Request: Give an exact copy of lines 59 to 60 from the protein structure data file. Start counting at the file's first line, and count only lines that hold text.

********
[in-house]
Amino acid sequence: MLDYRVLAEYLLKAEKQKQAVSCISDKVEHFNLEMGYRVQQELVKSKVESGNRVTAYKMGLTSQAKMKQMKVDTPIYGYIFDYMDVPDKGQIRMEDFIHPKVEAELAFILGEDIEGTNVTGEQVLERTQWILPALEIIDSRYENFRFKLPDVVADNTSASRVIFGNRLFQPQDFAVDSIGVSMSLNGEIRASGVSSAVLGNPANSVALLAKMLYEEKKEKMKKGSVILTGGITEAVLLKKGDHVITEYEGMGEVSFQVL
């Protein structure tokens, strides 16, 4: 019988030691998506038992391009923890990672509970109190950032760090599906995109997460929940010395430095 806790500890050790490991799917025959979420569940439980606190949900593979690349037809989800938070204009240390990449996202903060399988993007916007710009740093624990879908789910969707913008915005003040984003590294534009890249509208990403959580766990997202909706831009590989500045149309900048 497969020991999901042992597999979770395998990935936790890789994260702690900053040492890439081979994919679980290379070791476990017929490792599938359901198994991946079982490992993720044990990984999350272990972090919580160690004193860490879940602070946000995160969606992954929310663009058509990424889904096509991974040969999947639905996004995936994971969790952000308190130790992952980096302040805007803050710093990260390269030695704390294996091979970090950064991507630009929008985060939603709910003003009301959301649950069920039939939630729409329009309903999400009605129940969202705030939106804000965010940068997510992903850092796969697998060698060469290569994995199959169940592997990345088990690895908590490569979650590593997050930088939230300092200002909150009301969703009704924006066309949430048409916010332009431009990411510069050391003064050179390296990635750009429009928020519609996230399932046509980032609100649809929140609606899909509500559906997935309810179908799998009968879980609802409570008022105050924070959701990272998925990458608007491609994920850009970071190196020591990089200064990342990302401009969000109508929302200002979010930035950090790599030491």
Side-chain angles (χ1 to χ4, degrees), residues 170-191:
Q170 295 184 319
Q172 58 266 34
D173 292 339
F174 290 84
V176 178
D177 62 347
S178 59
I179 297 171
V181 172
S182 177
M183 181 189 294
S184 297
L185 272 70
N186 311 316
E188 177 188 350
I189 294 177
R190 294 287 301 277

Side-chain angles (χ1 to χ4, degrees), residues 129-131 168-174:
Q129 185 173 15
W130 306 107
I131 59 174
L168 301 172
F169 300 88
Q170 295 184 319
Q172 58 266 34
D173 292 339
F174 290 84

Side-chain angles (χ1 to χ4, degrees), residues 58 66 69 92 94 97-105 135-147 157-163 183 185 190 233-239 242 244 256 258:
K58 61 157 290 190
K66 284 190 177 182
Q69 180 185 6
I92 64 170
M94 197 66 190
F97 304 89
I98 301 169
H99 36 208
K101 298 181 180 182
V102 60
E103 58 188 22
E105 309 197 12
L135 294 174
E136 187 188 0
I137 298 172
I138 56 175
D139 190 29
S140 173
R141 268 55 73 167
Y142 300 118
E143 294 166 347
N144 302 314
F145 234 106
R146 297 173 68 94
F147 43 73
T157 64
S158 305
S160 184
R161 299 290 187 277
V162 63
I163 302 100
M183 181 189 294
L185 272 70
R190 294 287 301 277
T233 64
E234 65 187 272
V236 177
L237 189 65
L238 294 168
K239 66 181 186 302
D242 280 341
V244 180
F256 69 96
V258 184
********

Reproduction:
S158 305
S160 184